HAGUE CODE OF CONDUCT: INDIA JOINS BALLISTIC MISSILE PROLIFERATION REGIME
Delhi has joined the Hague Code of Conduct against Ballistic Missile Proliferation ( HCoC ) in a move that would push India’s membership application for the coveted Missile Technology Control Regime ( MTCR ) and strengthen its case at the Nuclear Suppliers Group ( NSG ). India joined the group by notifying the HCoC Central Contact in Vienna through diplomatic channels.
The HCoC is a voluntary, legally non-binding international confidence building and transparency measure that seeks to prevent the proliferation of ballistic missiles that are capable of delivering weapons of mass destruction. Since the signing and entering into force of the HCOC Code in November 2002 in The Hague, the number of signatories has increased from 96 to 138.
During a state visit to India in November 2010, U.S. President Barack Obama announced U.S. support for India’s participation in the Nuclear Suppliers Group, theWassenaar Arrangement, and the Missile Technology Control Regime, “in a phased manner,” and to encourage the evolution of regime participation criteria to that end, “consistent with maintaining the core principles of these regimes.”
During a visit to India in December 2010, French President Sarkozy also expressed his country’s backing for India’s inclusion in Nuclear Suppliers Group.
The United Kingdom has for a long time been a supporter of India’s inclusion in the Nuclear Suppliers Group.
During Republic Day visit of India in January 2015, Obama said that India was ready for NSG membership. China’s Foreign Ministry offered conditional support for Indian membership in the NSG, but also called for “prudence and caution” over the issue.
A ballistic missile can be launched from land, from a silo, from mobile platforms on trucks or trains, from submarine or ship, or from an airplane. After launch, a ballistic missiles arches up from one point, and lands at another point. All rockets, from fireworks to massive space launchers, carry both fuel and some form of oxygen. Because they do not burn oxygen from the air, ballistic missiles can fly beyond earth’s atmosphere. A missile is called ballistic because, just as one would throw a ball or spear, the rocket’s engine gives the missile an initial push, after which its flight is affected only by gravity. Ballistic missiles do not fly. They go up, and they come down.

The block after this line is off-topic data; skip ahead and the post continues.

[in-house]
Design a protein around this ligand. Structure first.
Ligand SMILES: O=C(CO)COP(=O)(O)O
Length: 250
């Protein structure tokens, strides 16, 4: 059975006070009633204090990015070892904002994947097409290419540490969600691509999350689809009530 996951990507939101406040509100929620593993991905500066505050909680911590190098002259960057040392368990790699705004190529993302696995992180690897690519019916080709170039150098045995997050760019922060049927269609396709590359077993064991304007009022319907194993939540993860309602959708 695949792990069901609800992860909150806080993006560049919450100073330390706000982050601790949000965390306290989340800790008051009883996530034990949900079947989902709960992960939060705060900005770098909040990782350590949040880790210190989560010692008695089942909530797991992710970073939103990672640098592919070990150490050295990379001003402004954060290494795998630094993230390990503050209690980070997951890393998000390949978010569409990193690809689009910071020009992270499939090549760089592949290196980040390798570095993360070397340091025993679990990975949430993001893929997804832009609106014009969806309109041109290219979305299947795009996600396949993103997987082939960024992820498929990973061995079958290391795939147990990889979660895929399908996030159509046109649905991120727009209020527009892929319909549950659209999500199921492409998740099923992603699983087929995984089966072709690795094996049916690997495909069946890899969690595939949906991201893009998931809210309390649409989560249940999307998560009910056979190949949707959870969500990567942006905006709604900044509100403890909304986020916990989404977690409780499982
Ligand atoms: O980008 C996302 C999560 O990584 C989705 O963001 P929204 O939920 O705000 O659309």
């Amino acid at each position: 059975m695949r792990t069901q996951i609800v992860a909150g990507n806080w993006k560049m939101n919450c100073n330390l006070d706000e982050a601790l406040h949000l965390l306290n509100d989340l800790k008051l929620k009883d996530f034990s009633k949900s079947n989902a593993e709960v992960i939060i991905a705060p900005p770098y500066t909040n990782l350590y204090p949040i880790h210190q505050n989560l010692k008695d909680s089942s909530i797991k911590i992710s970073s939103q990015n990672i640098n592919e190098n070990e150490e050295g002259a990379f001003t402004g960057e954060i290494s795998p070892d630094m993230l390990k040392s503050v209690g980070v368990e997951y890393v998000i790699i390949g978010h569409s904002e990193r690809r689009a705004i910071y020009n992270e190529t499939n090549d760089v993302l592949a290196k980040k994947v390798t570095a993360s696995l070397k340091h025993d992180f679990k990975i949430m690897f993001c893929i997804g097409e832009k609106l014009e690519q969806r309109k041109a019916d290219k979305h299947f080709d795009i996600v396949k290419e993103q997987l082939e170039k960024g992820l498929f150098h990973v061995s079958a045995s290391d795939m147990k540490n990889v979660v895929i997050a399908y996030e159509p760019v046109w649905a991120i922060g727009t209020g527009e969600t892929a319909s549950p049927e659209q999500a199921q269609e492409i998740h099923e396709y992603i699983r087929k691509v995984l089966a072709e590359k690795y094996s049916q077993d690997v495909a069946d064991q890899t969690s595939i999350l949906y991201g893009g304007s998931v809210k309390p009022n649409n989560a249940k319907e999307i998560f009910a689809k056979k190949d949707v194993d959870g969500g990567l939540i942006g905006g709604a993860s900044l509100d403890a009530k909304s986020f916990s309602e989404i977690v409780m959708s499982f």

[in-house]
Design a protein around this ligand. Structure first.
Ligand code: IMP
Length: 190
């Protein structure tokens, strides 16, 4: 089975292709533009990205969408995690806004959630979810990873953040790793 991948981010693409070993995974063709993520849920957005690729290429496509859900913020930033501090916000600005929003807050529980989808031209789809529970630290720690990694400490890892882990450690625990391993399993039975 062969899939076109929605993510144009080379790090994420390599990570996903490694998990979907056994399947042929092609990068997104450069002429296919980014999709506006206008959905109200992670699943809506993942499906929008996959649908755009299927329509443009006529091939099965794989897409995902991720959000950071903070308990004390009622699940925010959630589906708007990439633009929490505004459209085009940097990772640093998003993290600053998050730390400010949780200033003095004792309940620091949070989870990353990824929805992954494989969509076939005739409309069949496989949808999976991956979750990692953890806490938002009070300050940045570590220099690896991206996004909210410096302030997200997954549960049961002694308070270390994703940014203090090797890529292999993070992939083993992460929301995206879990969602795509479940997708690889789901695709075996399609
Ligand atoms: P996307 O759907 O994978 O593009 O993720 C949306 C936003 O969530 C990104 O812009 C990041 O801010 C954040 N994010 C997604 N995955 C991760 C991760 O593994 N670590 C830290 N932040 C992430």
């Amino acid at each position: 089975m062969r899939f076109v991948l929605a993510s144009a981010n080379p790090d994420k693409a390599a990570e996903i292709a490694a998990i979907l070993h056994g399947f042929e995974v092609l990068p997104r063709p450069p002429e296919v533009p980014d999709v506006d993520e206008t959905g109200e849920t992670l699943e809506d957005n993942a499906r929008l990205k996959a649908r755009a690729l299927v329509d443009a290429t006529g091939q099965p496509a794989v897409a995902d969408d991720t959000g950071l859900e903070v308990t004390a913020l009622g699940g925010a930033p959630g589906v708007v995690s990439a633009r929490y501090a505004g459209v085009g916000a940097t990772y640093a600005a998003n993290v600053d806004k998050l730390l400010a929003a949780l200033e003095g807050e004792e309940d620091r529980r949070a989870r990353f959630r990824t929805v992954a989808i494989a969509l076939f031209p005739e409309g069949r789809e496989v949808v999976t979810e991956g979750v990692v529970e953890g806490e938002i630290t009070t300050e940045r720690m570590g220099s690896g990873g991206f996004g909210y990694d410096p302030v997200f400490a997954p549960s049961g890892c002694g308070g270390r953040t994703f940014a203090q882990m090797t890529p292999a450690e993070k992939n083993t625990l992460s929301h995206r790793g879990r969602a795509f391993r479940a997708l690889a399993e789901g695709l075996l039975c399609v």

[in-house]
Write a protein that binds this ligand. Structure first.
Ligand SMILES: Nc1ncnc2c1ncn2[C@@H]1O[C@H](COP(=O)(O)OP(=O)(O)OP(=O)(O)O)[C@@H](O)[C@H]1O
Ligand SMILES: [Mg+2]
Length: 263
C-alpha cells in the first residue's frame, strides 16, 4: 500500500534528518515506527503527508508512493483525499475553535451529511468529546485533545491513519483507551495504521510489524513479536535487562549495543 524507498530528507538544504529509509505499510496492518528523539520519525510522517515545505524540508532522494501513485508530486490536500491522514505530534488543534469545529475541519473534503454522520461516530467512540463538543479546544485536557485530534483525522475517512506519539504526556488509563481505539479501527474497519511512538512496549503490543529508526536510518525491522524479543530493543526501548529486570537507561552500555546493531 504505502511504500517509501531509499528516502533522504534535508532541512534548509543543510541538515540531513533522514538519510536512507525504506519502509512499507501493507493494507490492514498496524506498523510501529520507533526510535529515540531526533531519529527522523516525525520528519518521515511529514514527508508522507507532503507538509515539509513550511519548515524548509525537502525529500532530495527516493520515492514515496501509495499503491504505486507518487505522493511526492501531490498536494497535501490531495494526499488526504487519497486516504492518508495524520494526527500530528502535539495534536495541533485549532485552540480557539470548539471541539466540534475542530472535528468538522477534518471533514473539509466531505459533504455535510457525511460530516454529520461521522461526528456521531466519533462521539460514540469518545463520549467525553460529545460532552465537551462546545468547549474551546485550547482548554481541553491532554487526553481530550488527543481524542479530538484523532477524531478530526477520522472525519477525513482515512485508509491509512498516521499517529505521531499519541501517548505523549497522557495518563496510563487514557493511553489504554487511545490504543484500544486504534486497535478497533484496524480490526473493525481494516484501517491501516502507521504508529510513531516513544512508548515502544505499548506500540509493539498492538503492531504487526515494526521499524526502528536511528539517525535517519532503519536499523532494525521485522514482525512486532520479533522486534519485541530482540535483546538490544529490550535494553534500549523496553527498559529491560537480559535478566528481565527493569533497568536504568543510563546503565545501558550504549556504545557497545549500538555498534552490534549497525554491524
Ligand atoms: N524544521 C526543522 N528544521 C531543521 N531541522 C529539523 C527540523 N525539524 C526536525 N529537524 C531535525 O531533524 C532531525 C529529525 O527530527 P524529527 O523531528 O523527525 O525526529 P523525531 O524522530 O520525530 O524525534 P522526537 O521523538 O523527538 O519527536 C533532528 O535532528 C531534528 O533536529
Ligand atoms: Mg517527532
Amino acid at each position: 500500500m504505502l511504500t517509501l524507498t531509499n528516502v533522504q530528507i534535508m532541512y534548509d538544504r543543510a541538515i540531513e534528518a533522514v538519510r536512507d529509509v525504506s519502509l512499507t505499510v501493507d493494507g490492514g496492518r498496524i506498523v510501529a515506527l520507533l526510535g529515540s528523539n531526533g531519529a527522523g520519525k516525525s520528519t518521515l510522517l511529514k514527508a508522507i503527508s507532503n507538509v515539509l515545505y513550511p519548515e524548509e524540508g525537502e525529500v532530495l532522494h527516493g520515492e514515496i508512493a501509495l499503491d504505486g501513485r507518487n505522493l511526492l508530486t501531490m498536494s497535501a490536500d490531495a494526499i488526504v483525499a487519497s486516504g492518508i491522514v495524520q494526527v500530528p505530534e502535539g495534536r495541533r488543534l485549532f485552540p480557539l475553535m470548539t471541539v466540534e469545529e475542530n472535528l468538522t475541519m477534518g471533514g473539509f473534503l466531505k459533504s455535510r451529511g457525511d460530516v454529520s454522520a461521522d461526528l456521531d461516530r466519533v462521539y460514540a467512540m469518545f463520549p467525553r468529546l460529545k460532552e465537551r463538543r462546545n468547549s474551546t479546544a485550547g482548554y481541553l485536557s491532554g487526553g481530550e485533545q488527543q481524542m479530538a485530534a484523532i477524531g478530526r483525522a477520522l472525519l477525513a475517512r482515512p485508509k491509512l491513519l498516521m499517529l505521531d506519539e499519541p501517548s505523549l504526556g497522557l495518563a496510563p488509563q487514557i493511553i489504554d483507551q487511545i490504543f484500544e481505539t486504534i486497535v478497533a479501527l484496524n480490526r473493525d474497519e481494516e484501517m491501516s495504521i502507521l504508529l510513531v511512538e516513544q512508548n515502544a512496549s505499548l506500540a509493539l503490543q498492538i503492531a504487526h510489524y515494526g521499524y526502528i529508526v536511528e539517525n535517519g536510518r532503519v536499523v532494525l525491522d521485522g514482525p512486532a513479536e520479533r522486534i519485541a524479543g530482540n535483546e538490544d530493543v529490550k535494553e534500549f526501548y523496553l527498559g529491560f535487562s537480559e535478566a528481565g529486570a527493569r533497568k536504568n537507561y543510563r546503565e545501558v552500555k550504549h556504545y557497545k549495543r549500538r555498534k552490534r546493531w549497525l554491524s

Ballistic missiles are not to be confused with cruise missiles. The former are unmanned projectiles; the latter are pilotless airplanes, either remote controlled or pre-programmed. They fly through the air, and only through the air. The engines of cruise missiles, like those of aircraft, burn oxygen from the air.
Nuclear Suppliers Group (NSG) is a multinational body concerned with reducing nuclear proliferation by controlling the export and re-transfer of materials that may be applicable to nuclear weapon development and by improving safeguards and protection on existing materials.
The Missile Technology Control Regime is an informal and voluntary association of countries which share the goals of non-proliferation of unmanned delivery systems capable of delivering weapons of mass destruction, and which seek to coordinate national export licensing efforts aimed at preventing their proliferation. The MTCR was originally established in 1987 by Canada, France, Germany, Italy, Japan, the United Kingdom and the United States. Since that time, the number of MTCR partners has increased to a total of thirty-four countries, all of which have equal standing within the Regime.
The Wassenaar Arrangement, was established on 12 July 1996, in Wassenaar, the Netherlands, which is near The Hague, is a multilateral export control regime established in order to contribute to regional and international security and stability, by promoting transparency and greater responsibility in transfers of conventional arms and dual-use goods and technologies, thus preventing destabilising accumulations. The aim is also to prevent the acquisition of these items by terrorists.